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Say it with just a glance

August 23, 2002

Filed under: Computer Accessibility

The BBC, The Independent, MSNBC, Slashdot, and Nature (subscription required) are all running stories about The Dasher Project. They’re touting it as an eye-operated computer system, which is not quite accurate: Dasher is a text-entry interface, driven by "natural continuous pointing gestures". It can be used with mouse or stylus for keyless text entry on PDAs or other devices where a keyboard would be awkward; it just happens to be usable as an eyegaze interface as well. Eyegaze computers have been around for several years now, but they are admittedly a little clumsy to operate and prohibitively expensive ($14,500 currently), and therefore only the severely disabled currently have the motivation and the patience to use them.
Though discrete speech voice recognition is my interface of choice, I demo’d a gaze-operated computer from LC Technologies, Inc. several years ago at an Abilities Expo, for a marathon session of 30 minutes. (The recommended session time is only 15 minutes, after which you’re in danger of eyestrain.) A video camera attached to a computer focused in on the reflection from my eyes and tracked their movements, calculating which letter I was looking at on an on-screen keyboard. If my eyes rested on a letter long enough, the Eyegaze computer would send the letter I typed to either a built-in program with a voice synthesizer, or to a second computer for use in a standard Windows program. (There’s a photo of me–actually, of the back of my head–trying it out in Guide to the Evaluation and Management of Neuromuscular Disease, by Dr. John R. Bach. A must-read for anyone with Dejerine-Sottas.)
Photo of Michelle using an Eyegaze computer
Hunt-and-peck by gaze is a bit exhausting. I felt a compulsion to blink like Jeannie (as in I Dream Of) to push the onscreen buttons instead of waiting the "fraction of a second" for my eyeclick to register; but alas, blinking was verboten because it would throw off the device’s tracking, and then you’d have to recalibrate it before you could type another letter. You’d also have to recalibrate if you didn’t hold your head still.
Photo of the Eyegaze screen
Make no mistake, these are serious drawbacks. The average human blinks 22 times a minute when not staring at a computer screen, and seven times a minute when doing so. (And even that seven times a minute isn’t enough to satisfy your ophthalmologist.) You have to suppress, as much as possible, your natural urge to blink in order to use the system, because each recalibration takes 15 seconds… and fifteen seconds is an eternity when you’re trying to communicate something as important as I’M IN PAIN, or even something relatively minor, like your latest genius idea for your doctoral thesis.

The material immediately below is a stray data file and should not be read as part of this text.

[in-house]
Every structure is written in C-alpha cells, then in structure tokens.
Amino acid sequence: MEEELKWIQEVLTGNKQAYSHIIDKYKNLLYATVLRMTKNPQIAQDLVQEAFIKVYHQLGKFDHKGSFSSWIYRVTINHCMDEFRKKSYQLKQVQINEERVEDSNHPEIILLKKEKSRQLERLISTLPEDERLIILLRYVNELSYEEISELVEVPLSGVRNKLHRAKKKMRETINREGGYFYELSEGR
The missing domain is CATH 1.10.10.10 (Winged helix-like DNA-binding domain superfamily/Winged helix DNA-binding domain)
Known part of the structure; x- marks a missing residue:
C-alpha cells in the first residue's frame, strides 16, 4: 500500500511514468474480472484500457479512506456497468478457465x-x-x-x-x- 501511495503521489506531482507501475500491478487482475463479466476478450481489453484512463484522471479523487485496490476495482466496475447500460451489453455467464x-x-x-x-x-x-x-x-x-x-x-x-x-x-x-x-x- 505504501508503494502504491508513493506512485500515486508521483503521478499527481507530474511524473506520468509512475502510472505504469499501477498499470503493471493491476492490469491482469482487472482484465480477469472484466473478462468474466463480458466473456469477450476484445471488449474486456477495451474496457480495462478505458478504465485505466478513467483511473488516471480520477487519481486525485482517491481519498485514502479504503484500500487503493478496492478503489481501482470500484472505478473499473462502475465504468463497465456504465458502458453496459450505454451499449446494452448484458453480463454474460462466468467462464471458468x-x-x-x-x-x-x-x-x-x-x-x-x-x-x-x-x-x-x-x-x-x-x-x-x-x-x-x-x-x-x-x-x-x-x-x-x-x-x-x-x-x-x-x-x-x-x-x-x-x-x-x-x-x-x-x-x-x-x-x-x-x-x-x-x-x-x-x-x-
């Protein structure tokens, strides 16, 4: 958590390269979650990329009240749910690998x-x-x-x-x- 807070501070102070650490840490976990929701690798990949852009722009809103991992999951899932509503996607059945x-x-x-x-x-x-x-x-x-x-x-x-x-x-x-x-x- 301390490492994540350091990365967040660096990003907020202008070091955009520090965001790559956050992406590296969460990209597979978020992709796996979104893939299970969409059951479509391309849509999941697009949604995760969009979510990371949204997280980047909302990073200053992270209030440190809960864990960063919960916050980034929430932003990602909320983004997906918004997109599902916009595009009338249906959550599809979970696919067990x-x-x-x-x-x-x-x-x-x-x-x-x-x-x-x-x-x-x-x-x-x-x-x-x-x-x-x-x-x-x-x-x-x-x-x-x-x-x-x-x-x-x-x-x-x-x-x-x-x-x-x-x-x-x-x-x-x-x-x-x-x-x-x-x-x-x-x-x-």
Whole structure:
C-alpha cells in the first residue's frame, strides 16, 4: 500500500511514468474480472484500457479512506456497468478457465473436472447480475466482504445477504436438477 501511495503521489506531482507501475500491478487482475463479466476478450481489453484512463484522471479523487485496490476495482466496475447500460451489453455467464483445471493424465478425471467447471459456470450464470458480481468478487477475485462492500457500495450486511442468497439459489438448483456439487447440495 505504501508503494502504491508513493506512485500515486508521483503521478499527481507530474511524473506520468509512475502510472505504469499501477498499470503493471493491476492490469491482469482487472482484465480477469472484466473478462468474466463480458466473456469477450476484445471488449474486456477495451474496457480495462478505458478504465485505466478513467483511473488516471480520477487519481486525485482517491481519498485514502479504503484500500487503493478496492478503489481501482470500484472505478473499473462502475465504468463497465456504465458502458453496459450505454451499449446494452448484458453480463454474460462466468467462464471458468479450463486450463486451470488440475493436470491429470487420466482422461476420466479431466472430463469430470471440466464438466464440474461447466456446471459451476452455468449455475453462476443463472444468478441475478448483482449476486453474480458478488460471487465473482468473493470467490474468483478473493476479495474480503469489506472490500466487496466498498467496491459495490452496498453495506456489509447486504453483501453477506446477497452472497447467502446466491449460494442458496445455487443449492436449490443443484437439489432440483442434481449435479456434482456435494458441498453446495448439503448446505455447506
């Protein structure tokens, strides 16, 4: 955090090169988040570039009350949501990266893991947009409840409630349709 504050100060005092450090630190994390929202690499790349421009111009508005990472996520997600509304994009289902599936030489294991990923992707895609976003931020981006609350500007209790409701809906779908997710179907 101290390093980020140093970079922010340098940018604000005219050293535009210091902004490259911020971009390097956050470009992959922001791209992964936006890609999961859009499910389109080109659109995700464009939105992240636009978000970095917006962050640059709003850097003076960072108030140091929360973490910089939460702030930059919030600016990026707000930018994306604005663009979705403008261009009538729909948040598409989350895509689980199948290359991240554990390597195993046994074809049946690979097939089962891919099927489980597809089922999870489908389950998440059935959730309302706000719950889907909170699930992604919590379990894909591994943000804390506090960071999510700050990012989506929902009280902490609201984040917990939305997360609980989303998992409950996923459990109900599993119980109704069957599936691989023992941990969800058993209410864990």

The most significant advantage of Dasher is that it’s also combined with word prediction software, another technology which has been available for several years now. No longer do your eyes have to jump between letters on an admittedly inefficient keyboard layout; instead you just watch the letters streaming past on the screen, their order optimized to your vocabulary, and follow the ones you want. Plus, there’s the cool factor. Imagine how this baby would look with a futuristic Matrix-like skin, or a psychedelic background. Load up a vocabulary of horror stories and plug in a trackball disguised as a Ouiji board, and presto, you’ve got an art installation. I’m trying to convince my sister to cobble one together in time for Halloween.
Animated example of the Dasher interface
But, I digress.
I don’t doubt that the Dasher system will make eyegaze computing more ergonomic and accessible–for the eyegaze interface-using community. But for it to be adopted by the general public, it has to offer some significant advantage over their current interface, and you have to be able to operate it just as reflexively. I can’t imagine that a stylus-holding PDA user would find Dasher easier to use then handwriting recognition, or speech recognition.
So for now, I’ll stick with DragonDictate. But when they perfect the neural interface, you can bet I’m going to be first in line to jack in.
For more on eyegaze systems or other alternative interfaces, see Adaptive Computer Products from Jim Lubin’s disABILITY Information and Resources page.